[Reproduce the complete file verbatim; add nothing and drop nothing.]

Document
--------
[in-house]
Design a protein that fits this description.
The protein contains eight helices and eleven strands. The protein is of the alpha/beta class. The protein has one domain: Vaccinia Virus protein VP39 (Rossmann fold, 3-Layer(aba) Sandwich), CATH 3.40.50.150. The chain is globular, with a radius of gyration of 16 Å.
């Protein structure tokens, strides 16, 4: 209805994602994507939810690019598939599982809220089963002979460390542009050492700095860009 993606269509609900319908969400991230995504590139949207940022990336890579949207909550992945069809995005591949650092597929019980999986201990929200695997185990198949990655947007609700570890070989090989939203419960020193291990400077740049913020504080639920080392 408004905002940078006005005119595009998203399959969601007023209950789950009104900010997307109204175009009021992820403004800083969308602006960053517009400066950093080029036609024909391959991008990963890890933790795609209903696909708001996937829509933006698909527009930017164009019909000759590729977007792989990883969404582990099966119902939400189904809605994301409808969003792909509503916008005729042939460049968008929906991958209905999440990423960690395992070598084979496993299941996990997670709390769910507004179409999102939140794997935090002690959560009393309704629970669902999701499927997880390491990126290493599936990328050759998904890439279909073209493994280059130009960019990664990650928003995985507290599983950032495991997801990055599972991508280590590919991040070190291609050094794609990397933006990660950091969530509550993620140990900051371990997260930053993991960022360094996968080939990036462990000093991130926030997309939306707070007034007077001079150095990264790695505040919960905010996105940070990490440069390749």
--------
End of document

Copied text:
[in-house]
Design a protein that fits this description.
The protein contains eight helices and eleven strands. The protein is of the alpha/beta class. The protein has one domain: Vaccinia Virus protein VP39 (Rossmann fold, 3-Layer(aba) Sandwich), CATH 3.40.50.150. The chain is globular, with a radius of gyration of 16 Å.
């Protein structure tokens, strides 16, 4: 209805994602994507939810690019598939599982809220089963002979460390542009050492700095860009 993606269509609900319908969400991230995504590139949207940022990336890579949207909550992945069809995005591949650092597929019980999986201990929200695997185990198949990655947007609700570890070989090989939203419960020193291990400077740049913020504080639920080392 408004905002940078006005005119595009998203399959969601007023209950789950009104900010997307109204175009009021992820403004800083969308602006960053517009400066950093080029036609024909391959991008990963890890933790795609209903696909708001996937829509933006698909527009930017164009019909000759590729977007792989990883969404582990099966119902939400189904809605994301409808969003792909509503916008005729042939460049968008929906991958209905999440990423960690395992070598084979496993299941996990997670709390769910507004179409999102939140794997935090002690959560009393309704629970669902999701499927997880390491990126290493599936990328050759998904890439279909073209493994280059130009960019990664990650928003995985507290599983950032495991997801990055599972991508280590590919991040070190291609050094794609990397933006990660950091969530509550993620140990900051371990997260930053993991960022360094996968080939990036462990000093991130926030997309939306707070007034007077001079150095990264790695505040919960905010996105940070990490440069390749």